Here’s something new I’m doing here on Paper Art Love, regular roundups of inspiration! Today, we have stacks of printed paper, hexagonal papercuts and sculptures made with coloured paper rings. Enjoy…
Ah, what every desk needs, a 3D paper calendar! These little paper miniature typewriters are made available on ETSY from Mumbai-based SkyGoodies. They sell these as downloadable PDF’s that you print out at home, then have fun assembling…
3D Paper Calendar Gallery:
DIY Printable Paper Desk Calendar
Here’s a quaint little 3D Paper Desk Calendar for your mantelpiece, table-top or shelf… in the form of a typewriter, with 12 month cards with dates. The body of the typewriter has been lovingly illustrated with intricate patterns and details.
Ready-to-print on an A4 size printer, and easy to cut and assemble, with just scissors and glue.
Also printable in LETTER size, by just ‘fitting to page’ in your printer settings.
Finished size of the typewriter body: about 10 cm width, 9 cm depth and 6 cm height. Please add 10 cm for visible height of the date cards. (Before closing the body of the typewriter, please insert some small heavy objects like pebbles, gravel, sand or coins, to make the body heavy and stable.) – read more over on ETSY.
All these expertly-constructed 3D objects are made almost entirely out of paper by LA-based artist, Vincent Tomczyk. All these 3D objects made from paper are hand crafted by Vincent and then painted after they’re formed.
This kind of paper art is way different to works undertaken by, Stephanie Wiehle, for example. As can be seen in the example images below, they’ll have taken hours and hours to complete! I don’t think I would have the patience! What about you?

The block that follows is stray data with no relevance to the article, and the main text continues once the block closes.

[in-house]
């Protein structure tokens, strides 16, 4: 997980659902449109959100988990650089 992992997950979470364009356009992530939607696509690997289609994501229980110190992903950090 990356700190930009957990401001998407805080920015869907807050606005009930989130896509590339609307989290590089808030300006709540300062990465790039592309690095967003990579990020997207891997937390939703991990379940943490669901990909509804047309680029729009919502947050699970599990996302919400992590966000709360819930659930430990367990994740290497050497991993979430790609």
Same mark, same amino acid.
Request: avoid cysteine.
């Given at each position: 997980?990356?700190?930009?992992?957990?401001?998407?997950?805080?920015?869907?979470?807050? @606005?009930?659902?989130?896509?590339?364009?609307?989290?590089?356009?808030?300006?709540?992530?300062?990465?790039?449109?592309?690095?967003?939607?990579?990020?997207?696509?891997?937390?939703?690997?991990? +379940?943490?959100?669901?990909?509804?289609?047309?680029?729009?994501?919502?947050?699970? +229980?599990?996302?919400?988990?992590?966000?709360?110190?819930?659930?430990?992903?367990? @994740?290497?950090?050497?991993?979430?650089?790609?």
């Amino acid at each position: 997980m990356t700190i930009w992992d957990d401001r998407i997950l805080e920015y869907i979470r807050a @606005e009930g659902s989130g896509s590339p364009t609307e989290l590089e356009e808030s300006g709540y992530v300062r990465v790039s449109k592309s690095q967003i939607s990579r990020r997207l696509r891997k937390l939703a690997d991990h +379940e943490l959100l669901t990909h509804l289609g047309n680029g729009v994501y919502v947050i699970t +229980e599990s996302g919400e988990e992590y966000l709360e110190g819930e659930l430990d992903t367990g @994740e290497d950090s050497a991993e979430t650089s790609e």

Vincent Tomczyk: My art centers on objects to stimulate visceral connections. These compositions represent biographies of people, experiences and interpretations of intangible ideas. Although my work can be categorized as realism, my intention is to distill the emotion of an object, then through expression, reconstruct it into my view of its essential self – free of function. [...] As an artist working primarily with paper, my art requires me to be part craftsman and part engineer. I learned a lot about how to construct things by working at my father’s side, in his workshop. I’m compelled to produce work that is visually poetic by using a medium that defies perceived limitations.
Check out these stunningly-Intricate newspaper papercuts by the talented, Myriam Dion. Using a scalpel blade and a hand full of old newspapers, she expertly crafts newsprint pages into lattice-like works of art. Stunning…